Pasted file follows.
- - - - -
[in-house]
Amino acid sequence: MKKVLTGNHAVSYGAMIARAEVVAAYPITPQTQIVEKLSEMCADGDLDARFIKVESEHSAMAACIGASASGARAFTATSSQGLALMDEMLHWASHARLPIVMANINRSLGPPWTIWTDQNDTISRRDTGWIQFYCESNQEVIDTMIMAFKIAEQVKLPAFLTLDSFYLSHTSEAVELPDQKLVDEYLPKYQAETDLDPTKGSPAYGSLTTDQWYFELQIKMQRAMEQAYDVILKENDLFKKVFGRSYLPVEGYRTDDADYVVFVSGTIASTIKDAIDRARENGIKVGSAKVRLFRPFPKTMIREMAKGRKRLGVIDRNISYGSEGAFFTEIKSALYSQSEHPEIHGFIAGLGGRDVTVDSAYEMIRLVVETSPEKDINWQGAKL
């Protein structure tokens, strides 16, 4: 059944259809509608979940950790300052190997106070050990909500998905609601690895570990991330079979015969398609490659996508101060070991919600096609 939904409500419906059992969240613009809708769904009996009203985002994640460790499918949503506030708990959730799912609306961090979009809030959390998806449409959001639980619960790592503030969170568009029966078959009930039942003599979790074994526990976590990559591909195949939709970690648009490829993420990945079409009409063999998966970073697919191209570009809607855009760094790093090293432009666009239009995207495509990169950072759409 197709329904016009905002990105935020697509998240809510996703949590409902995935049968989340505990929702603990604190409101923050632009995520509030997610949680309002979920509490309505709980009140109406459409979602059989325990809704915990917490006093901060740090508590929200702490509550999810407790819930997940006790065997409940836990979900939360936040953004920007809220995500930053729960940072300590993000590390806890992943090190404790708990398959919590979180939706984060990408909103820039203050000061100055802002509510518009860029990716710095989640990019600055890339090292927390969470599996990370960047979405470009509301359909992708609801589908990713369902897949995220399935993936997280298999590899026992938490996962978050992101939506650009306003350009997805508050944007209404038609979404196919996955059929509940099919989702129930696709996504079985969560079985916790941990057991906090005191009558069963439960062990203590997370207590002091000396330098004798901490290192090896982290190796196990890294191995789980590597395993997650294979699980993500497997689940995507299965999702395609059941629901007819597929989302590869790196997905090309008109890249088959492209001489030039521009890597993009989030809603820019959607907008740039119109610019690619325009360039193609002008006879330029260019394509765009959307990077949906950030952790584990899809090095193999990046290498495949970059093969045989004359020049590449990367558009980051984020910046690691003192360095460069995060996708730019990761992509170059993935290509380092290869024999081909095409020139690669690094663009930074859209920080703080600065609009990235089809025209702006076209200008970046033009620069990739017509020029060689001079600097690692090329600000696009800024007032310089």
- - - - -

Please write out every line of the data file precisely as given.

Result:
[in-house]
Amino acid sequence: MKKVLTGNHAVSYGAMIARAEVVAAYPITPQTQIVEKLSEMCADGDLDARFIKVESEHSAMAACIGASASGARAFTATSSQGLALMDEMLHWASHARLPIVMANINRSLGPPWTIWTDQNDTISRRDTGWIQFYCESNQEVIDTMIMAFKIAEQVKLPAFLTLDSFYLSHTSEAVELPDQKLVDEYLPKYQAETDLDPTKGSPAYGSLTTDQWYFELQIKMQRAMEQAYDVILKENDLFKKVFGRSYLPVEGYRTDDADYVVFVSGTIASTIKDAIDRARENGIKVGSAKVRLFRPFPKTMIREMAKGRKRLGVIDRNISYGSEGAFFTEIKSALYSQSEHPEIHGFIAGLGGRDVTVDSAYEMIRLVVETSPEKDINWQGAKL
């Protein structure tokens, strides 16, 4: 059944259809509608979940950790300052190997106070050990909500998905609601690895570990991330079979015969398609490659996508101060070991919600096609 939904409500419906059992969240613009809708769904009996009203985002994640460790499918949503506030708990959730799912609306961090979009809030959390998806449409959001639980619960790592503030969170568009029966078959009930039942003599979790074994526990976590990559591909195949939709970690648009490829993420990945079409009409063999998966970073697919191209570009809607855009760094790093090293432009666009239009995207495509990169950072759409 197709329904016009905002990105935020697509998240809510996703949590409902995935049968989340505990929702603990604190409101923050632009995520509030997610949680309002979920509490309505709980009140109406459409979602059989325990809704915990917490006093901060740090508590929200702490509550999810407790819930997940006790065997409940836990979900939360936040953004920007809220995500930053729960940072300590993000590390806890992943090190404790708990398959919590979180939706984060990408909103820039203050000061100055802002509510518009860029990716710095989640990019600055890339090292927390969470599996990370960047979405470009509301359909992708609801589908990713369902897949995220399935993936997280298999590899026992938490996962978050992101939506650009306003350009997805508050944007209404038609979404196919996955059929509940099919989702129930696709996504079985969560079985916790941990057991906090005191009558069963439960062990203590997370207590002091000396330098004798901490290192090896982290190796196990890294191995789980590597395993997650294979699980993500497997689940995507299965999702395609059941629901007819597929989302590869790196997905090309008109890249088959492209001489030039521009890597993009989030809603820019959607907008740039119109610019690619325009360039193609002008006879330029260019394509765009959307990077949906950030952790584990899809090095193999990046290498495949970059093969045989004359020049590449990367558009980051984020910046690691003192360095460069995060996708730019990761992509170059993935290509380092290869024999081909095409020139690669690094663009930074859209920080703080600065609009990235089809025209702006076209200008970046033009620069990739017509020029060689001079600097690692090329600000696009800024007032310089």